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The Daily Wildcat

The Daily Wildcat

 

    Editorial: Clash still raising questions

    Hundreds of fans dashed into State Street in Madison, Wisc., on Saturday night, packing it from sidewalk to sidewalk, screaming and chanting at the top of their lungs.

    In celebration of the men’s basketball team’s victory over the Arizona Wildcats, Wisconsin fans clambered on top of scaffolding, climbed trees and dangled from windows, while members of the University of Wisconsin Marching Band serenaded the crowd. About 30 people even decided to check out the view from the top of a bus shelter, according to the Milwaukee Journal Sentinel. It was a scene much like the one that was taking place at the exact same moment on University Boulevard on Saturday night. But something was different, and it wasn’t just the jubilant atmosphere.

    In videos of the Madison, Wisc., celebration, there’s not one riot police officer in sight. No batons at the ready. No gas masks. No lines of black-clad officers amassing outside trendy clothing stores. Likewise, although police were present, no arrests were made, and the crowd eventually dispersed more or less peacefully.

    Wildcat fans may remember that the men’s basketball team suffered a loss in the Elite Eight just a few years ago, in 2011. That year there was nowhere near the kind of outburst from fans we saw on Saturday. What made this season, this game, this night so chaotic?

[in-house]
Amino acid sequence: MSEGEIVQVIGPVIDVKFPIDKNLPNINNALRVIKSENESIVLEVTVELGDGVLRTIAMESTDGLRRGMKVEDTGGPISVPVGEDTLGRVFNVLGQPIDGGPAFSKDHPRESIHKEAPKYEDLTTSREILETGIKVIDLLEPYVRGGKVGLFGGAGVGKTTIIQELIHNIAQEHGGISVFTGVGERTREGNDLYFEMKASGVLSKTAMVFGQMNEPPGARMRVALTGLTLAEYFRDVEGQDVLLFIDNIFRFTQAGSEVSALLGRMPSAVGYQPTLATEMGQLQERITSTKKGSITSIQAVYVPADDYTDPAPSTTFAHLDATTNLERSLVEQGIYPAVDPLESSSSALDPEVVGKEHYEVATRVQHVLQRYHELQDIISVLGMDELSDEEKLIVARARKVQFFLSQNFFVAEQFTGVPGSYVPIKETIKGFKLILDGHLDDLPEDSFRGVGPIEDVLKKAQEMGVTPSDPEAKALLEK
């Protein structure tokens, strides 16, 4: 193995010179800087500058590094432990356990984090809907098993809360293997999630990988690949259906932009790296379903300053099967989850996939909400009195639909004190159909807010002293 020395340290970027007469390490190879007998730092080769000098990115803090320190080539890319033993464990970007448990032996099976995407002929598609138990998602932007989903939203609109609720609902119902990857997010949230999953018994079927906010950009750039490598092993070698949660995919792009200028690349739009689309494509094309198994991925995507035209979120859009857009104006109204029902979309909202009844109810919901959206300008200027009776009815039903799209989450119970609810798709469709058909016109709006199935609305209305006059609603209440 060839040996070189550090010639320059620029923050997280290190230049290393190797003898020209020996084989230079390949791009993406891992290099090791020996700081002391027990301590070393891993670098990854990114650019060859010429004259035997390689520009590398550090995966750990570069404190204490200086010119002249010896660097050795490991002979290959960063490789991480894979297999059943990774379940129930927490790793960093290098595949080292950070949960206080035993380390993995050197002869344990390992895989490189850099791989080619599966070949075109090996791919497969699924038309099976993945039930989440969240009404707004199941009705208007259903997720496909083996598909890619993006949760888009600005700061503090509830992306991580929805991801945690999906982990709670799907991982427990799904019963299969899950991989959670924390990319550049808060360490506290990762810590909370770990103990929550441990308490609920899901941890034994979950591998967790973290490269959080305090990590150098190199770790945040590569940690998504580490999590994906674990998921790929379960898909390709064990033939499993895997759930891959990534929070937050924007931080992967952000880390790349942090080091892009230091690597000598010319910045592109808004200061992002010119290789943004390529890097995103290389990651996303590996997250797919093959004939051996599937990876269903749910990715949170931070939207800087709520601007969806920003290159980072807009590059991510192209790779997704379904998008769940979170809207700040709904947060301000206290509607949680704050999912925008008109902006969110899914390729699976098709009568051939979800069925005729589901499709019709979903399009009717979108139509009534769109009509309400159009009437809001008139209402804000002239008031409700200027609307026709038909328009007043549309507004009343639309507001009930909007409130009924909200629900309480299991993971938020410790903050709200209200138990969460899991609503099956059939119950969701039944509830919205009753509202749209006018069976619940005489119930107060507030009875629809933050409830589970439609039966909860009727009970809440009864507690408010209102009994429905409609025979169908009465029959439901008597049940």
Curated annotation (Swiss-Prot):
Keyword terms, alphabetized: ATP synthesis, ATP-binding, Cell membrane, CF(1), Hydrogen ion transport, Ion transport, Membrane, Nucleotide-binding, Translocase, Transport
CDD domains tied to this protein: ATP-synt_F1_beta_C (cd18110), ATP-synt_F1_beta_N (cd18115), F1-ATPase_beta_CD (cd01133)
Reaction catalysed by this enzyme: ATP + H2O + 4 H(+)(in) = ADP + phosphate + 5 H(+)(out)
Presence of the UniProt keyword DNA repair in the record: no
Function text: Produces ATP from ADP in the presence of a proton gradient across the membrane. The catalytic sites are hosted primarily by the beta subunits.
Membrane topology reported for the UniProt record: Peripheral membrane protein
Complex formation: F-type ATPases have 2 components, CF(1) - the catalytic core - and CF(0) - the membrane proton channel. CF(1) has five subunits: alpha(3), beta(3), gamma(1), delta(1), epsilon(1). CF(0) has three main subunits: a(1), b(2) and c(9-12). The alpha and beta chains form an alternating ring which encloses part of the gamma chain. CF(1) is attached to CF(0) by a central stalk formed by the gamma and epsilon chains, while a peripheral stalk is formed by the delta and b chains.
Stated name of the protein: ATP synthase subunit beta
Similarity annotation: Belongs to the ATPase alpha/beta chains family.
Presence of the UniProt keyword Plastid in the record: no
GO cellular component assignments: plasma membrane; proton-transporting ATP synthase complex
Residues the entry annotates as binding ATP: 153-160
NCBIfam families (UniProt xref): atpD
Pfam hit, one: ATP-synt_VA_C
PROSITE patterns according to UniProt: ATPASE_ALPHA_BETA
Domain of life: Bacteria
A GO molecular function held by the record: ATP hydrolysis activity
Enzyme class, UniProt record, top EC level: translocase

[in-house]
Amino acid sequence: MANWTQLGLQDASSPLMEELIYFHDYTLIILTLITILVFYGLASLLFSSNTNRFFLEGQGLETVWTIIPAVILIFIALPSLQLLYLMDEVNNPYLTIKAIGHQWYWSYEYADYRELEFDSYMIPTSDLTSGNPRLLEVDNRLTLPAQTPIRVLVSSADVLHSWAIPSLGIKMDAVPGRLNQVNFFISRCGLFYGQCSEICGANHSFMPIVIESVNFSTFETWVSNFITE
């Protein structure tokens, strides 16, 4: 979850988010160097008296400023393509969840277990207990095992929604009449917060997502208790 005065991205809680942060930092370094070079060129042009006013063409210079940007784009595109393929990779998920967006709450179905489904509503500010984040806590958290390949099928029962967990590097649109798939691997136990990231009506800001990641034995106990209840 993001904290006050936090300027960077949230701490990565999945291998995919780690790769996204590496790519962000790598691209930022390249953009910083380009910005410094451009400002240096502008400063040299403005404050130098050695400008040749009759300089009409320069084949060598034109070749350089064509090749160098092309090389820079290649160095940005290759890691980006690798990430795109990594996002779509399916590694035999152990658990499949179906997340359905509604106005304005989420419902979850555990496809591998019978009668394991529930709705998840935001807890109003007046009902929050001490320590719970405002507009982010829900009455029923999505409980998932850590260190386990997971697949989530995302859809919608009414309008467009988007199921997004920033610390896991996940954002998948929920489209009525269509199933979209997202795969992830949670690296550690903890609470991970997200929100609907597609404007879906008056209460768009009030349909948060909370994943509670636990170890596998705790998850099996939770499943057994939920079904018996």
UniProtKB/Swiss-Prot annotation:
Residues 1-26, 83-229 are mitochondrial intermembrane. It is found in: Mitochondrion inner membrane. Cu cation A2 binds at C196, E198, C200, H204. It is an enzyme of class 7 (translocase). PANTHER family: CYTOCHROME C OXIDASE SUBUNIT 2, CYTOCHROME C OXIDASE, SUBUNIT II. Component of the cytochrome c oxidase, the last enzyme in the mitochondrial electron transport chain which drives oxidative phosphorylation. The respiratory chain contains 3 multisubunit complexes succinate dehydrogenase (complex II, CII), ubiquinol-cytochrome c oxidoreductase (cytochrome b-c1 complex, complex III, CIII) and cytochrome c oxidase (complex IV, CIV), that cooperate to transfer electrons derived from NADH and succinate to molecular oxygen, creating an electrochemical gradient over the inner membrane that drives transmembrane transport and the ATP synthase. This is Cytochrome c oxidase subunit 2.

Of course, the crowd on University Boulevard was declared to be an unlawful assembly because crowd members began throwing beer cans and other objects at the police. There’s no denying that the people who chose to do so were way, way, out of line. But let’s back up. Why the heavy presence of riot police on the street in the first place? Why not have a handful of officers on the street with riot police ready to join the fray if necessary? Why send the message from the get-go that something was going to happen?

    Could the clash with the police have been avoided if it had been just a dozen University of Arizona Police Department officers out there? The crowd on University Boulevard that night was largely made up of college-age young adults. We’re all used to seeing UAPD cars cruising around when the bars let out. Most students have had some contact with UAPD before, and maybe more importantly, UAPD knows college kids. Students who find themselves staring down a wall of police officers in riot gear will act defensively.

    And where are UA administrators in all this? Dean of Students Kendal Washington White sent out an email blast on Friday afternoon asking students to “Bear Down With Pride” and saying the Dean of Students Office was “working closely” with Arizona Athletics, UAPD and local law enforcement to coordinate a larger police presence during the tournament — but there’s been no word from President Ann Weaver Hart. We didn’t exactly expect UA officials to go crowdsurfing on the backs of fans (see: University of Dayton President Daniel Curran after an NCAA victory on March 22), but it’s odd that we haven’t heard anything from our university president, especially since UA administrators apparently had a hand in organizing the police presence on University Boulevard on Saturday night.

    There’s no way of knowing if things would have turned out differently if UAPD officers had been patrolling instead of Tucson Police Department riot police. But we’re not looking for a time machine. We’re looking for answers.

    — Editorials are determined by the Daily Wildcat editorial board and written by one of its members. They are Sarah Precup, Joey Fisher, Katelyn Kennon, and David W. Mariotte. They can be reached at letters@wildcat.arizona.edu or on Twitter @DailyWildcat.

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